Silence is Golden - Part 1
By Dave Pratt
Sure, that's a cliche, but the actual experience of silence brings to mind ancient alchemists, who truly aimed at refining the "lead" of our regular consciousness into something finer and more valuable. In the quiet of a silent retreat, we find there is silence within silence.
First, there is the obvious - not a lot of sound here. There is this quiet room filled with people who have set aside this time and travelled here to be together with intention and a wish for something more fulfilling. Maybe we hear the hum of the dishwasher or the breeze outside.
Then, within each person, there is this process of seeing the chatter of the mind, seemingly incessant and without a real direction. However, with each moment of seeing, each individual returns to that intention to simply experience that this body is breathing. There is no need to get rid of what shows up - what draws our attention as we meditate, but we don't have to go with that either. Gradually, we sink into another level of silence and keep going within.
Bit by bit, this connection of attention with breath helps give us the ability to be less caught up in thoughts, feelings and sensation. We begin to have moments of more clearly seeing thought as thought, feeling as feeling, sensation as sensation - all without the unnoticed assumption that I am this body, I am these thoughts, these feelings. We keep going, deeper and deeper into this new kind of silence, until we perhaps come into contact with a silence that could even be with us in the mix of our everyday lives.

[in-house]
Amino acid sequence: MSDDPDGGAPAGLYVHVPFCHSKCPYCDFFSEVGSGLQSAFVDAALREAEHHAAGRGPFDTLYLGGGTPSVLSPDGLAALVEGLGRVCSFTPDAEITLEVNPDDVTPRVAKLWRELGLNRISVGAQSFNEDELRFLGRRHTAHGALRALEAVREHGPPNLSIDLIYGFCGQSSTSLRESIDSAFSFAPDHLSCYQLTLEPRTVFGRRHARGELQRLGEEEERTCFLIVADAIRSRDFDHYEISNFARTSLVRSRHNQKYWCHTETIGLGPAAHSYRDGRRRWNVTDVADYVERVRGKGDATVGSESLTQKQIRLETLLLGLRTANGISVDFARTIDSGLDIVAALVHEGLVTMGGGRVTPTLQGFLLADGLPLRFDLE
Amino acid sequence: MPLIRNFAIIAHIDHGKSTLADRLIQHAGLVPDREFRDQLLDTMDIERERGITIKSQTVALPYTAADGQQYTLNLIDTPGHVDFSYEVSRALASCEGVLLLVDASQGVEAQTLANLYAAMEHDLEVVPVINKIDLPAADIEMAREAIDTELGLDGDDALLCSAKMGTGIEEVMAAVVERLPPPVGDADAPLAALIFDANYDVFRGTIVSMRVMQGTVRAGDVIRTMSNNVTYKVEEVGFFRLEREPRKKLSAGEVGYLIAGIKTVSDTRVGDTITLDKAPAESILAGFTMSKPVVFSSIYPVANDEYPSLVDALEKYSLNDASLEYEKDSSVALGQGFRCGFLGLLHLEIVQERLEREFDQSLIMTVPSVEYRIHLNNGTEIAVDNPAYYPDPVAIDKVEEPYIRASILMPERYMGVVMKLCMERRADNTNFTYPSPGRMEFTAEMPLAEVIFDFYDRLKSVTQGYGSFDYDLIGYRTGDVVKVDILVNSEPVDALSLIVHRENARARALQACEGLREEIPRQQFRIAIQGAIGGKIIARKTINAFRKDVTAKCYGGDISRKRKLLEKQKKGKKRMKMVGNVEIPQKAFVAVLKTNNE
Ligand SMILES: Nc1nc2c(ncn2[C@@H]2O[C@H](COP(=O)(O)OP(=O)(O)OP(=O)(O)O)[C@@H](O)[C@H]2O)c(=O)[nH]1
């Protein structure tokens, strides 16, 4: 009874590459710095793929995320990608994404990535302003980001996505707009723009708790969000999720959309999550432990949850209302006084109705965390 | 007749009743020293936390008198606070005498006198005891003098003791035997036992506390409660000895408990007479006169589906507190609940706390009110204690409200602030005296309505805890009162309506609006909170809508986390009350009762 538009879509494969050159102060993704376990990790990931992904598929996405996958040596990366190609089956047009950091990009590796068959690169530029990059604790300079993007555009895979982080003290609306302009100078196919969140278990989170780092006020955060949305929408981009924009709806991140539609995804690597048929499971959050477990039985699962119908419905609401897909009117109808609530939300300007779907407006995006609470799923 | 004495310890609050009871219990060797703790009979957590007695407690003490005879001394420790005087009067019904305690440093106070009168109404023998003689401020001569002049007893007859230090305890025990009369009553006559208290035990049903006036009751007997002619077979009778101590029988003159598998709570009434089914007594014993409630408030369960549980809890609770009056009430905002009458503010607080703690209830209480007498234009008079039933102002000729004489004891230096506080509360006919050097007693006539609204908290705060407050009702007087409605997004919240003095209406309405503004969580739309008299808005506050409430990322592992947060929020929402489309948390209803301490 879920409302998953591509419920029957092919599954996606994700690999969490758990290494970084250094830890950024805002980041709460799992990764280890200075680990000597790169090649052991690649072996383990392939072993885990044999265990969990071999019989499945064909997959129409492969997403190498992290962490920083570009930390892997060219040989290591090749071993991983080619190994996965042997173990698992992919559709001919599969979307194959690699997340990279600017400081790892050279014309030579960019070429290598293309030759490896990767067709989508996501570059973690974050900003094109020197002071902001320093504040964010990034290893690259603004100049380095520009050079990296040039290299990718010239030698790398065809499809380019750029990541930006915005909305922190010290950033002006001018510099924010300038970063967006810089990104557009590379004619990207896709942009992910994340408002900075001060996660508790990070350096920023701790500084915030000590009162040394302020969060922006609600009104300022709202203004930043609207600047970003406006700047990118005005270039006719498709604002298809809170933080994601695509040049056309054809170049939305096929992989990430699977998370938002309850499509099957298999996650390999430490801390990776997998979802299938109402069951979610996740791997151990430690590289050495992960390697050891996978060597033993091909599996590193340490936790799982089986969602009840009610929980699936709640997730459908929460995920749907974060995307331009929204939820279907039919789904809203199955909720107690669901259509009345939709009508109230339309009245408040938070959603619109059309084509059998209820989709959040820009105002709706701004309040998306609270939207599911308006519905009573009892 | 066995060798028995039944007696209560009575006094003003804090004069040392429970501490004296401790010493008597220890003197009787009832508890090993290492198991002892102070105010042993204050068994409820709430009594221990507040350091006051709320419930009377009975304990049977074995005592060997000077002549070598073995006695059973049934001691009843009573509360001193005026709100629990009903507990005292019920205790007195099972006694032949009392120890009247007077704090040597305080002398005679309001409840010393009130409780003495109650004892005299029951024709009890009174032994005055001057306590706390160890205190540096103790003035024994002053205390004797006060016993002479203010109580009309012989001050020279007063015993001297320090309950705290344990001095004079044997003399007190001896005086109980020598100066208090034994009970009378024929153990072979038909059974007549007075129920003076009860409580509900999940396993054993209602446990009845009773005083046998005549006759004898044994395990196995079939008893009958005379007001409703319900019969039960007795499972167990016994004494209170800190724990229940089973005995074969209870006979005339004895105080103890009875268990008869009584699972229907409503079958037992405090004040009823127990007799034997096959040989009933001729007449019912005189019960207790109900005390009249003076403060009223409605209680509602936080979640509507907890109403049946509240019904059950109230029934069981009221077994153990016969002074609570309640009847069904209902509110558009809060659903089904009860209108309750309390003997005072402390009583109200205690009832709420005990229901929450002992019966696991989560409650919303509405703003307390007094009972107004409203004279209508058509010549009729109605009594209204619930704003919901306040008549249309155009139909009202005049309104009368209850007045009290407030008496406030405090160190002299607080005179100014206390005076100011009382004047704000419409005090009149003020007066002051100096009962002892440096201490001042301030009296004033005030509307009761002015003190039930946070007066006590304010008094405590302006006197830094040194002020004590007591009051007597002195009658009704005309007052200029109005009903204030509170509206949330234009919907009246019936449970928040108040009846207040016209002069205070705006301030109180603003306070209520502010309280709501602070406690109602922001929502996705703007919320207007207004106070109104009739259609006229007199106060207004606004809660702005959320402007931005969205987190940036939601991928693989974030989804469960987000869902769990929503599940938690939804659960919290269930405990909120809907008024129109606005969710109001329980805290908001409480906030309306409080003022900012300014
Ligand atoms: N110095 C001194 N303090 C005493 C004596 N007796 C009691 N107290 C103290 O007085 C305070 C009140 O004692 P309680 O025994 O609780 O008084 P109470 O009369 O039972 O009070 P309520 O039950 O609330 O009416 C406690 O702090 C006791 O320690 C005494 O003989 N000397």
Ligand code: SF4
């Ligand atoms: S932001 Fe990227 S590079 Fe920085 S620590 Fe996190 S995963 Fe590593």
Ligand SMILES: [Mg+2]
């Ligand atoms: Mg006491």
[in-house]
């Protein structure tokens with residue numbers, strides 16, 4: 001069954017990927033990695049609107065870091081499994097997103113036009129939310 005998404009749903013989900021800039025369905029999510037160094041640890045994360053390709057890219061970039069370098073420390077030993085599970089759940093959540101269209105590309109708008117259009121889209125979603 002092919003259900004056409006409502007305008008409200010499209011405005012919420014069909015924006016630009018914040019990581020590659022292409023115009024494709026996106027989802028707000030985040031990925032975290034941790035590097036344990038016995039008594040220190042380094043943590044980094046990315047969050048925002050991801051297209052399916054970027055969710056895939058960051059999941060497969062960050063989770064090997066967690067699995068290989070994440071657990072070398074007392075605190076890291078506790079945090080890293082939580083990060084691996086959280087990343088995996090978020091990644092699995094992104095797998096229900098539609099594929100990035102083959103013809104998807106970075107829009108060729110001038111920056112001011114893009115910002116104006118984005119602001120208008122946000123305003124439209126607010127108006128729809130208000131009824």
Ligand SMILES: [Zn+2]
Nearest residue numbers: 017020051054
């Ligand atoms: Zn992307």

As the weekend develops, we continue playing with this relationship between the mind and the body, often encouraging a shift where the body is more in the foreground and the mind’s new job is simply to experience the body doing what it is doing. After all, the body is less habituated than the mind and feelings and isn’t often given the support it needs to blossom. Plus, we can’t just think our way to the deeper layers of silence. We need to use our minds differently than we usually do to really, truly experience the gift of being alive.
We hope you find this series of writings helpful and look forward to posting the next part of the series soon.
Wishing you well,